How Square fixed the nightmare of slow chip cards

The new chip credit cards may offer much better security and protections against fraud and identity theft, but they constantly field complaints of being slow. Instead of the lightning speed of the swipe, the dips seem to take longer.

It is, however, possible to speed everything up so that a dipped card can complete its business in less than three seconds. And payments company Square has managed to accomplish this feat.

“We just keep iterating and making it as fast as we can,” Square (and Twitter) CEO Jack Dorsey told Yahoo Finance. “Most of our competitors are 11 seconds right now. It’s just bad engineering. The chip card wait time is terrible.”

The key to speed is ownership over each step of a very complex process, says Jesse Dorogusker, Square’s head of hardware.

A sales staff accepts payment by credit card through a point-of-sale (POS) device at a boutique shop in central Athens, Greece, May 10, 2016. Picture taken May 10, 2016. REUTERS/Michalis Karagiannis

How a transaction works with a chip card

A chip card transaction is a complex dance between a myriad of systems. A chip card has a little computer in it, and when it goes into the reader, the card and computer power up and have a conversation. “An unfortunately long conversation,” Dorogusker said. Protocols must be checked, software must be linked, and more.

“[There’s] software in a card, software in the reader, software in the app, and a software connection to Mastercard, Visa, Amex, and Discover,” he said.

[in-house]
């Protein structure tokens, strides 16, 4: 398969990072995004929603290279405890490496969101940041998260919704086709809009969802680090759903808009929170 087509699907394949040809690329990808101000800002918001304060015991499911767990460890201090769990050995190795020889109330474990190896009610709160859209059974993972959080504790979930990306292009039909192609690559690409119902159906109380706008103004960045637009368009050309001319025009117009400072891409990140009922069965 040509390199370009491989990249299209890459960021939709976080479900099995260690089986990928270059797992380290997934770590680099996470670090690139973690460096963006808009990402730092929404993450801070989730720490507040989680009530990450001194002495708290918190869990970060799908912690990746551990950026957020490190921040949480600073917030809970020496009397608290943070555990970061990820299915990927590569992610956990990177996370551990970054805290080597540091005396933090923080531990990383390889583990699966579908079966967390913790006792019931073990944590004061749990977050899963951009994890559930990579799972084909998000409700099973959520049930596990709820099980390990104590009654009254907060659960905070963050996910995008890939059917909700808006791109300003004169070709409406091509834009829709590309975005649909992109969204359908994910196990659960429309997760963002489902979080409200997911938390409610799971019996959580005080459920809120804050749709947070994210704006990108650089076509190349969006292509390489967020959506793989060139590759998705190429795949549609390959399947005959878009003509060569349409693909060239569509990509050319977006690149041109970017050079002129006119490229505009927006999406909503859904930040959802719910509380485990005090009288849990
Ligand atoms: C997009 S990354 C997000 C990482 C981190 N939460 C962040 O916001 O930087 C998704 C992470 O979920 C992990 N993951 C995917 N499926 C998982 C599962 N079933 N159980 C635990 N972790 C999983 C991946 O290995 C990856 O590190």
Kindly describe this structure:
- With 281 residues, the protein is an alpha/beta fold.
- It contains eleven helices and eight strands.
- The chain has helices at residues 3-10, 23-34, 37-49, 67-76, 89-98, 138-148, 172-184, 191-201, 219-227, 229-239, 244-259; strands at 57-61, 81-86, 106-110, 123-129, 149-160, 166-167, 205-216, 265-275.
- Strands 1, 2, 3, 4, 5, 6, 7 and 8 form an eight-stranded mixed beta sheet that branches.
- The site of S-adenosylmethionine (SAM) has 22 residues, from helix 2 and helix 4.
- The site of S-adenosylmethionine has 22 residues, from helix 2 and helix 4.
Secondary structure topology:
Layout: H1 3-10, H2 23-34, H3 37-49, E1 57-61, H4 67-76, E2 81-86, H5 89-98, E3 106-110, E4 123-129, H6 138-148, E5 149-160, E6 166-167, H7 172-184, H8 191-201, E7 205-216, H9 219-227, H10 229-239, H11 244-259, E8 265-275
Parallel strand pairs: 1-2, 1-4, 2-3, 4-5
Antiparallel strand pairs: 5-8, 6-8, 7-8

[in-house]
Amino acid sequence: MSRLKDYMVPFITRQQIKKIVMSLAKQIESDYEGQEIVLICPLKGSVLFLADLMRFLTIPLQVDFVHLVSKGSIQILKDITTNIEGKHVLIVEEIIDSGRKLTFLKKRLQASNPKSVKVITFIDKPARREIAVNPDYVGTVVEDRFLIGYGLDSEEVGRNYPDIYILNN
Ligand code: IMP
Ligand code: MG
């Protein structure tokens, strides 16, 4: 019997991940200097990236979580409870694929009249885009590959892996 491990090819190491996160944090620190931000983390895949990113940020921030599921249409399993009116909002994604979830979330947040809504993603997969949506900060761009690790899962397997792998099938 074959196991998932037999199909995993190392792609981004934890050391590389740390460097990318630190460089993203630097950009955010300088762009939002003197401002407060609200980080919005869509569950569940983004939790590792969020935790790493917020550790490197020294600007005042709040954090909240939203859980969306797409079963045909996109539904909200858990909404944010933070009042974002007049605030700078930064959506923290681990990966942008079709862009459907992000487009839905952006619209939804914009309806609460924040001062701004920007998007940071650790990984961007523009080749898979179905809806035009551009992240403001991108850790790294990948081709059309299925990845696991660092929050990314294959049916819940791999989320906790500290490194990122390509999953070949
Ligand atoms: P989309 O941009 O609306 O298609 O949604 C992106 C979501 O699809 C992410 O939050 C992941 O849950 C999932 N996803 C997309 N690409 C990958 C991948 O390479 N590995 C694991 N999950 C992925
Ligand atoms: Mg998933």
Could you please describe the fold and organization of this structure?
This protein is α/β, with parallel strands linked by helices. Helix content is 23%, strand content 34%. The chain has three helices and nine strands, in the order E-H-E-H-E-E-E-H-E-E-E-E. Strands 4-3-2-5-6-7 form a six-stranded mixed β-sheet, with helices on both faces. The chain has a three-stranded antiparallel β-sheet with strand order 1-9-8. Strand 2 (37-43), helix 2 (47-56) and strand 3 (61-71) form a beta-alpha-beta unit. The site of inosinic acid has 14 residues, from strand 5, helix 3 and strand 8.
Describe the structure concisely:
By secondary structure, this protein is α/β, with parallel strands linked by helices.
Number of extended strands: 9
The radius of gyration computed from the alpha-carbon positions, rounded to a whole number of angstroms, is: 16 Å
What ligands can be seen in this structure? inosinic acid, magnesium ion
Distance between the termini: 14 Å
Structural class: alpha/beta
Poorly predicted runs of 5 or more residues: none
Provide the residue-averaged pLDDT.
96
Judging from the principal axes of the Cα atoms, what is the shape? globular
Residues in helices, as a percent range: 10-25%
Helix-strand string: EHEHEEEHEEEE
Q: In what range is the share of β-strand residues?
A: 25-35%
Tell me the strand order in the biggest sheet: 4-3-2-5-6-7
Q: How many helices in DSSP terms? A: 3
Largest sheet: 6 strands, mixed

For traditional points-of-sale, different companies with different software and different devices slow this all down because they have to communicate with each other. Payment software might come from one place, the point-of-sale or cash register machine might come from somewhere else, and the payment service might be created by having a whole different provider.

“When specs change, a software update is never going to happen in sync across all those and therefore they’re all doing a superset of all the protocols ever written,” said Dorogusker. “They have no chance of being fast. Unless you do what we do.”

Owning all the steps of the payment process

Unlike piecemeal systems, Square terminals utilize its own hardware, software, and payment channels to banks. Maintaining software consistency by writing all the code in-house, end-to-end, makes it possible to speed up the process and minimize lag time.

“We can look at each number of milliseconds each of those steps take and say, ‘well that’s really big, why does it do all that?” said Dorogusker. For some features, Square can skip them when necessary. “We can look at the whole thing and keep whittling it down.”

By not having to farm out steps to outside companies, Square has managed to cut back on time even more. But it also uses a little common sense, like initializing the system before a card is inserted in the reader.

“When we start entering items into a cart, we can fire up the payment system because we know you’re going to pay soon,” said Dorogusker. “So, we power it up, we do all the initialization, we do the certificate, all because you’ve entered something into a cart. No one else can do that.”

Ethan Wolff-Mann is a writer at Yahoo Finance. Follow him on Twitter @ewolffmann. Confidential tip line: emann[at]oath[.com].

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